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Ok lets talk about donut planets. This is a type of planet that has never been seen but is theoretically possible. If during the creation of a planet the colliding planetoids form a gravitational dance around each other in just the right way, they could coalesce into a toroid or donut shape instead of the usual sphere. Now this shape would be extremely delicate and since over the course of billions of years planets tend to get bombarded with asteroids and comets its not very likely (but not impossible) that one such shape would last long enough to grow into a planet.

BUT if one did this planets gravity would be weird to say the least. Picture something like our moon. Now instead of it going around our planet in a circle, picture it bobbing up and down through the hole in the middle of the planet. This is a theoretically possible orbital pattern for a donut planet. It could also orbit the donut in a figure 8 pattern. If a moon did go around the planet like our moon, then it wouldn't be a spherical orbit but more of a pair shaped orbit or rounded along the edges and a little widened in the middle where there's no matter and therefore no gravity to pull on it.

Now if you happened to live on the "hole" side of the donut planet then things would look similar to Halo. You'd actually see a vast (but rounded) landscape rising out of the horizon, soaring through the sky, arcing overhead, and then falling back into the horizon behind you. However if the donut planet is directly facing its sun at a horizontal angle, or an angle congruent with its rotation, then the inside of the hole would be an eternally dark frozen wasteland. But if that is not the case then it would be possible, depending on the angle of the donut relative to the sun to have two day times and two brief night times - with the sun rising and setting as well as eclipsing behind the opposite side of the donut ring.

As I said earlier donut planets, while possible, are highly unlikely. Their formation would be a 1 in a billion chance. But of course there's a lot more planets out in space than a billion. So maybe a few of them look like this.

There are 7 Replies

haha wow it looks like He (capitalized because i'm referring to the Creator) went to jared's, the galleria of jewelry

Posted August 18th, 2018 by poptart!

everybody get ready to do some crimes! it looks like the police officers of our community are gonna be occupied for awhile@!

Posted August 18th, 2018 by poptart!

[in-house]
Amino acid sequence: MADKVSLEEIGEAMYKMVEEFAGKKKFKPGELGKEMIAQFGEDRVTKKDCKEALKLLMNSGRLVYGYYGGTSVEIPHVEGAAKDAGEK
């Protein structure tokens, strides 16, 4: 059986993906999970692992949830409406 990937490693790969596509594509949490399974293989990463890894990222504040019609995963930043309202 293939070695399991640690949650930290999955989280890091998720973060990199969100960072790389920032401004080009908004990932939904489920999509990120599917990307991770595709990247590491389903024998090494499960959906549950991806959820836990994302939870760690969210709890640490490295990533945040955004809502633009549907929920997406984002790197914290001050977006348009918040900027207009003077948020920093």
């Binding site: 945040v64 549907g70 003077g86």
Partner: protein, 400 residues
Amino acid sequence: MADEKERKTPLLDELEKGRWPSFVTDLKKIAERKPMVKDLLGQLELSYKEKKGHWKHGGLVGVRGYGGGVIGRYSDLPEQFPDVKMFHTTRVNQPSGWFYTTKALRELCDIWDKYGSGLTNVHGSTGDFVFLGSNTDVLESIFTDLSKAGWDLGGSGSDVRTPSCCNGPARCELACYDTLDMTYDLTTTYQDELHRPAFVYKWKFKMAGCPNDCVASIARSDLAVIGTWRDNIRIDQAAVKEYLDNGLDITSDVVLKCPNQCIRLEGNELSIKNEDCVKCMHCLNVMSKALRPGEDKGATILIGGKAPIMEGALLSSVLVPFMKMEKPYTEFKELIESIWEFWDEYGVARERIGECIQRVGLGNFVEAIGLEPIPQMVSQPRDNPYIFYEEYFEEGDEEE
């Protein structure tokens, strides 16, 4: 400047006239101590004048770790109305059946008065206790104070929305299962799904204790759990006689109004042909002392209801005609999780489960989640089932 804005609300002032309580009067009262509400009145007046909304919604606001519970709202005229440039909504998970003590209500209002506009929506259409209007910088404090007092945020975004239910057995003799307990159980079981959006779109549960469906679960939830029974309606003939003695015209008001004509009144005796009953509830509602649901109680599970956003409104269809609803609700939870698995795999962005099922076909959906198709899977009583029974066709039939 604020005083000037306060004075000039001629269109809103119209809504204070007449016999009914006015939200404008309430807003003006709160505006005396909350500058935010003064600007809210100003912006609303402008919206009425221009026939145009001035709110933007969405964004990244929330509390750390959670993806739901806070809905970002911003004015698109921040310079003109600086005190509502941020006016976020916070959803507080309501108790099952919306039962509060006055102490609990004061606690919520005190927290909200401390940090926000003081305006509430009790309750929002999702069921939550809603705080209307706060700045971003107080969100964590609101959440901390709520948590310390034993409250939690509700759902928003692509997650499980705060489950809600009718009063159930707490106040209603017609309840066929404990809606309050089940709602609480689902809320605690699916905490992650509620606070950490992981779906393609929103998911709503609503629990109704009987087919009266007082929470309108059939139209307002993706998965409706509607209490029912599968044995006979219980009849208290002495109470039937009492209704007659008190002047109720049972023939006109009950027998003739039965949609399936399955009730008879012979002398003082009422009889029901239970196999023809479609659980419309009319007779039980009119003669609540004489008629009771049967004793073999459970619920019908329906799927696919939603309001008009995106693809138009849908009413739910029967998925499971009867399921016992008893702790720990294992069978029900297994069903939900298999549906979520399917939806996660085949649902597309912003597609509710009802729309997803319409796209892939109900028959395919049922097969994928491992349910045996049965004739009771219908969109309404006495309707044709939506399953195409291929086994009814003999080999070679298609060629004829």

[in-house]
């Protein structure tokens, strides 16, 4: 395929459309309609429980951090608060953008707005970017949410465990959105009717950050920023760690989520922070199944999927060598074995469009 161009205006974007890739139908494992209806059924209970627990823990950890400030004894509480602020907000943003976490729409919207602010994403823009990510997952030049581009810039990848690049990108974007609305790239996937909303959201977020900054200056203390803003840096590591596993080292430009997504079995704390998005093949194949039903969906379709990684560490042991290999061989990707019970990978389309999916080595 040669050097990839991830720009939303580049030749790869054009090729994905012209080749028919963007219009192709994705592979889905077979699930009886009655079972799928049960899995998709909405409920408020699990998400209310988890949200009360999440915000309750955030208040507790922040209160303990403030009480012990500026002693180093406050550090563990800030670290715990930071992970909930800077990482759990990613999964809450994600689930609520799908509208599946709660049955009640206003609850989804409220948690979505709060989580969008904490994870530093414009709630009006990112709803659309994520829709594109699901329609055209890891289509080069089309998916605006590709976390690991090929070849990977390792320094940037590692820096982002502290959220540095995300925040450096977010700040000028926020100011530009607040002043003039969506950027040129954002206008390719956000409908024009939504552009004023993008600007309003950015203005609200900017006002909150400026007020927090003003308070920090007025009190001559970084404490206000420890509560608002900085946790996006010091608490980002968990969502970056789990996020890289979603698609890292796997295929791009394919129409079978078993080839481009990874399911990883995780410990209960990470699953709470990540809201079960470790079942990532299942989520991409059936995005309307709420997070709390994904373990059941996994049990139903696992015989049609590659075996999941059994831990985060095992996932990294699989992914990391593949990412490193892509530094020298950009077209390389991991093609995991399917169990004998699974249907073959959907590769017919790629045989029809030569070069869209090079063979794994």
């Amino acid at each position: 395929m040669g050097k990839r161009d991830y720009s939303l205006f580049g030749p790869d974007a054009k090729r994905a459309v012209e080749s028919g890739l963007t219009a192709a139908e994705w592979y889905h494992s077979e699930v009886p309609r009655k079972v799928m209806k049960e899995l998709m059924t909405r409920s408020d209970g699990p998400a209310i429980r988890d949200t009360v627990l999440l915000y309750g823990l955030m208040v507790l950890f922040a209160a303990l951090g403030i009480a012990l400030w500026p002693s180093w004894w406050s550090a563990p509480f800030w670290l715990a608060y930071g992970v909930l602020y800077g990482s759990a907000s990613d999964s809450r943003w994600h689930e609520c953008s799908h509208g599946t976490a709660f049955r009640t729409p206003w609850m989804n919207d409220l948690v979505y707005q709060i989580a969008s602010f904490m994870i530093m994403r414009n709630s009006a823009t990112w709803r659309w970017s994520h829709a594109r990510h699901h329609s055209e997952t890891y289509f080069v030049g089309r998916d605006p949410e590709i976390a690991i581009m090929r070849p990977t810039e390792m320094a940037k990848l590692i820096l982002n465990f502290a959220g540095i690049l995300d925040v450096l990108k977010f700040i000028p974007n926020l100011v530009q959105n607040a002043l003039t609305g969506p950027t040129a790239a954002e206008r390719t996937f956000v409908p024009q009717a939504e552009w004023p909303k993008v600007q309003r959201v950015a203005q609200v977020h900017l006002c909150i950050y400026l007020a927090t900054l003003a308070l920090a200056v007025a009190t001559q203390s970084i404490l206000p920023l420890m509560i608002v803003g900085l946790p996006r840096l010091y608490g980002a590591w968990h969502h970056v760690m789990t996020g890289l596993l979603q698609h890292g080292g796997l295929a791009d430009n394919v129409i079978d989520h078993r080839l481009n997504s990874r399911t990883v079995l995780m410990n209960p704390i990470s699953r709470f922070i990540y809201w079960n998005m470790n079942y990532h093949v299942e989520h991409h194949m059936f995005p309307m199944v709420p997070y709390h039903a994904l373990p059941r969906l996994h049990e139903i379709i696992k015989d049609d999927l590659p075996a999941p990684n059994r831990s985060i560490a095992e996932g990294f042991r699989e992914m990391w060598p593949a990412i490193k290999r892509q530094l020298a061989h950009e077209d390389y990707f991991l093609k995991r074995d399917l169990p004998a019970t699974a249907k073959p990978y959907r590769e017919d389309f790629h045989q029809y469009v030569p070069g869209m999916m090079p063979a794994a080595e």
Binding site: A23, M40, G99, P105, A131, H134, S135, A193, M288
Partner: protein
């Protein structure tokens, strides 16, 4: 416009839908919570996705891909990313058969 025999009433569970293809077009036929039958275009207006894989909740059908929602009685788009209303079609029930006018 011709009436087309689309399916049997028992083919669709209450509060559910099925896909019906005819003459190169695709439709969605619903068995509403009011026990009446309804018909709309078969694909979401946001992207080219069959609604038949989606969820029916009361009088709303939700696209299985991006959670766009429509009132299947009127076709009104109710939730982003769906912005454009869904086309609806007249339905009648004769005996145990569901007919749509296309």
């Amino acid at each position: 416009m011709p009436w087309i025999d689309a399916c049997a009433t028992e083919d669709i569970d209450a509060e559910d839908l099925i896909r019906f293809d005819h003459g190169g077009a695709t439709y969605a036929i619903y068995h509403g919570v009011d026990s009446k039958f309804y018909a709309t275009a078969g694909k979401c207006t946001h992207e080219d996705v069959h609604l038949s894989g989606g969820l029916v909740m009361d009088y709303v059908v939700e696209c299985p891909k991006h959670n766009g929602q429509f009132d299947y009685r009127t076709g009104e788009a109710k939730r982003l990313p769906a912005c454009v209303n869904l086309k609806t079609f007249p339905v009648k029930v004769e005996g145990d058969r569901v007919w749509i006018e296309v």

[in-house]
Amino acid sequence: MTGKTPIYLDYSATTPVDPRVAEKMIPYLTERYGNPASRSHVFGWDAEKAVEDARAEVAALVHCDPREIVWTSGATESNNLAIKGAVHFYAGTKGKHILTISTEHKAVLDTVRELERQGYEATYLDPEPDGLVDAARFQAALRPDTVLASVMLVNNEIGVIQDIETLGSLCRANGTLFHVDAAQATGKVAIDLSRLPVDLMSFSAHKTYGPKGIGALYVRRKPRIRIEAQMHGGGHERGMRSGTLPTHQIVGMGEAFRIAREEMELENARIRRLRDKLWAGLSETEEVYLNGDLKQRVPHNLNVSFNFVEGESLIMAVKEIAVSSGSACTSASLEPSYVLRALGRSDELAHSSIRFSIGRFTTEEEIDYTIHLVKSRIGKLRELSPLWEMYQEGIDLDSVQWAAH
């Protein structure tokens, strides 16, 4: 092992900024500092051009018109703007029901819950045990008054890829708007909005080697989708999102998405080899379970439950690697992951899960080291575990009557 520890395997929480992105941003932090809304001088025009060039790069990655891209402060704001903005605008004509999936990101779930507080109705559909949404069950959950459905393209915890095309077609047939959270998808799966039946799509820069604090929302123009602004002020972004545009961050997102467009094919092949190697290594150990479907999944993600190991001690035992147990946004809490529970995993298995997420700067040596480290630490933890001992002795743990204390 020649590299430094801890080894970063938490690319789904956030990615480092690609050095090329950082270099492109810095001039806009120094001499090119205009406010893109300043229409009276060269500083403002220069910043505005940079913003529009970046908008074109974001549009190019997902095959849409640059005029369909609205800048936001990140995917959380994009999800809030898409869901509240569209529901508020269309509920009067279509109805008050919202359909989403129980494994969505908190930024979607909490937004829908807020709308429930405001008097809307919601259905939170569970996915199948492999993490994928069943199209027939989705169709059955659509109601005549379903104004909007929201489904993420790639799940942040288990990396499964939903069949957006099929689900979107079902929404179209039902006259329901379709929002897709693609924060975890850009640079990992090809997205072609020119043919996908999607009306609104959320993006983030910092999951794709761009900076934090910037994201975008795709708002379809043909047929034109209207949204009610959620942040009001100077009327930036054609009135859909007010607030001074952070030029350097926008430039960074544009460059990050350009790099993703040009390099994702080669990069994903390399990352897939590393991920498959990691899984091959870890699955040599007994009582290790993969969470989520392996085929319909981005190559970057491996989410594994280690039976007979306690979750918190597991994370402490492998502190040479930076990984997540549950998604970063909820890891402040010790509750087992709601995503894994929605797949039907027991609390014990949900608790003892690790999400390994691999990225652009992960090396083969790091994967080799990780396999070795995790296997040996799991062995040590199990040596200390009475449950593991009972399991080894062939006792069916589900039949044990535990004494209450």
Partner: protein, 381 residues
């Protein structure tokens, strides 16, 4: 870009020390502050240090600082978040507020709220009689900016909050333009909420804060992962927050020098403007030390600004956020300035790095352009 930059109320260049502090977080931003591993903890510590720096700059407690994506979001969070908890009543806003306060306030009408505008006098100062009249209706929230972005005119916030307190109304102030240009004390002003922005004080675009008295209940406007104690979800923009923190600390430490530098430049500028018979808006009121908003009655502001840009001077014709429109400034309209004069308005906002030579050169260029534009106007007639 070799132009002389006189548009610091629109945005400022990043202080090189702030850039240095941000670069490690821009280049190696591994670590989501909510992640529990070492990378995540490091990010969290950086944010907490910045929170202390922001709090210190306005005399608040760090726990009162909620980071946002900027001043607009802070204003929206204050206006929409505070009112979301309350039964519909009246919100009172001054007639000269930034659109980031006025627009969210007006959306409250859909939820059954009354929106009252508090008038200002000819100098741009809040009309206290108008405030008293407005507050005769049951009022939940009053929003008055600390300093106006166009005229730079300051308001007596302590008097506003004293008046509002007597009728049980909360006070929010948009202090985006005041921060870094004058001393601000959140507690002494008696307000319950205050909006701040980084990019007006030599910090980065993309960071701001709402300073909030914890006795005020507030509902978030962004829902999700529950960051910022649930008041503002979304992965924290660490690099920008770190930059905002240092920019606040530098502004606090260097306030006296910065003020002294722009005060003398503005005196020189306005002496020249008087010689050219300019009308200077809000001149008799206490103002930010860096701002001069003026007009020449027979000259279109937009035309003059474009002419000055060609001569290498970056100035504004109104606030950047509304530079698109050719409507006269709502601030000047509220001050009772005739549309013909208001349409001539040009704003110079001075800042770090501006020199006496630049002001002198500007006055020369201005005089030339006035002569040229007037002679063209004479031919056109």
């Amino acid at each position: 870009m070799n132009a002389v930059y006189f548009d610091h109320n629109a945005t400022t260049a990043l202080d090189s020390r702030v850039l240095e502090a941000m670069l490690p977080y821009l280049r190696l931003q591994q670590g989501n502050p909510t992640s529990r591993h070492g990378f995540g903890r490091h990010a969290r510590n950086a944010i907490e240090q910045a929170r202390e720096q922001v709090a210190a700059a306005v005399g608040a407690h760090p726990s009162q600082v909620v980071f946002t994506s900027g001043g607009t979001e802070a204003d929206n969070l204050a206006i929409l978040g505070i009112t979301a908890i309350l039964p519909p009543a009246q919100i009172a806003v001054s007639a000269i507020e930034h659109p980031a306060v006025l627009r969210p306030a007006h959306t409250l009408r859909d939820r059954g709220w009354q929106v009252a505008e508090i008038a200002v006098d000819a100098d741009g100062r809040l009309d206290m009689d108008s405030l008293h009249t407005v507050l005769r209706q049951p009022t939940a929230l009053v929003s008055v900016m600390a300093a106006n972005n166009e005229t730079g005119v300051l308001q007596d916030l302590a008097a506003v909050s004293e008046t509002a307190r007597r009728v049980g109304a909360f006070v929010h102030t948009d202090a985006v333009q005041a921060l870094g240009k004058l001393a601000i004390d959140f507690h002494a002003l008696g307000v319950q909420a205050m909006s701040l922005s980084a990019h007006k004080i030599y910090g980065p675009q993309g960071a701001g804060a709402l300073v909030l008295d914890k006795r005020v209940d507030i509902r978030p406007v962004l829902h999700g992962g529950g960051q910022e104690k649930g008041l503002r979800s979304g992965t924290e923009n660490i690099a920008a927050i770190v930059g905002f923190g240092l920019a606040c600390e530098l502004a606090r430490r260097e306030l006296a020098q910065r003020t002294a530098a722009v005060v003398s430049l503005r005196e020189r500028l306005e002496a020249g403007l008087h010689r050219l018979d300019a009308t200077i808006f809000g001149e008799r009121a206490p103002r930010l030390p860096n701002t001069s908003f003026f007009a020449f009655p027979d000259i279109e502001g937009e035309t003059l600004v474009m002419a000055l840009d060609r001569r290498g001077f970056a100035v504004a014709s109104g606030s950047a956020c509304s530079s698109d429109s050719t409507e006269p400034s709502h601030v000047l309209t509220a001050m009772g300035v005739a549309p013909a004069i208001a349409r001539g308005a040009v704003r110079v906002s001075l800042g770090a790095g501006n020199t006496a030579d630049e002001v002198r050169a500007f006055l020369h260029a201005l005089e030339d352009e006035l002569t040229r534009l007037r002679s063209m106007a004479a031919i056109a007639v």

a clever The Simpsons joke

Posted August 18th, 2018 by poptart!

But of course there's a lot more planets out in space than a billion. So maybe a few of them look like this.

Ca-n YOU give me an example of how a torus shaped planet would come ?o fruition?

Posted August 19th, 2018 by Brandy

Im Gring to pay YOU the complement ANd Say YOU know how planets are formed. Knowing this how s this Even theoretticaly possible? ITS as possible as YOU Boeing able to walk on water

Posted August 19th, 2018 by Brandy

Well from what I understand toroidal planets are a stalemate between two fundamental forces of physics - gravity and centrifugal force. The latter wants to throw things outward along the plane of its rotation while the other wants to crush everything into a central point. If during the formation of a planet there was a clump of planetoids spinning fast enough then gravity wouldn't be able to crush them into a point, but centrifugal force wouldn't be able to throw them off either. Thus both would have to settle for them getting crushed into a ring. Now planets form from rocky material crashing into each other into bigger and bigger clumps. This would mean the material would have to crash in such a way as to increase the centrifugal force steadily with the increasing gravitational pull, and without destroying the ring. Like I said 1 in a billion chance.

Depending on the rate of centrifugal force increase vs the rate of gravity increase, this could result in perfectly shaped donut planets, thick donut planets with a small hole, thin donut planets with a large hole, and ugly unevenly distributed donut planets with beady bulbs of landscape here and there.

Additionally once the heavier elements in the donut planet had a chance to sink towards the ring-core with the lighter elements rising towards the ring-surface, the planet would have a fairly stable enough structure for its spin to slow down some. Of course this is only the case for well-formed donut planets. The more fugly ones would need to maintain a faster spin to prevent from breaking apart.


Here's a scientific journal on their formation.

ITS as possible as YOU Boeing able to walk on water

Two questions about that - how light is the gravity and how cold is the climate? ;)

Edited August 19th, 2018 by Louis De Pointe du Lac
Louis De Pointe du Lac
No love = No future

Why donuts?
Why not bagels?

Posted This Afternoon by chiarizio
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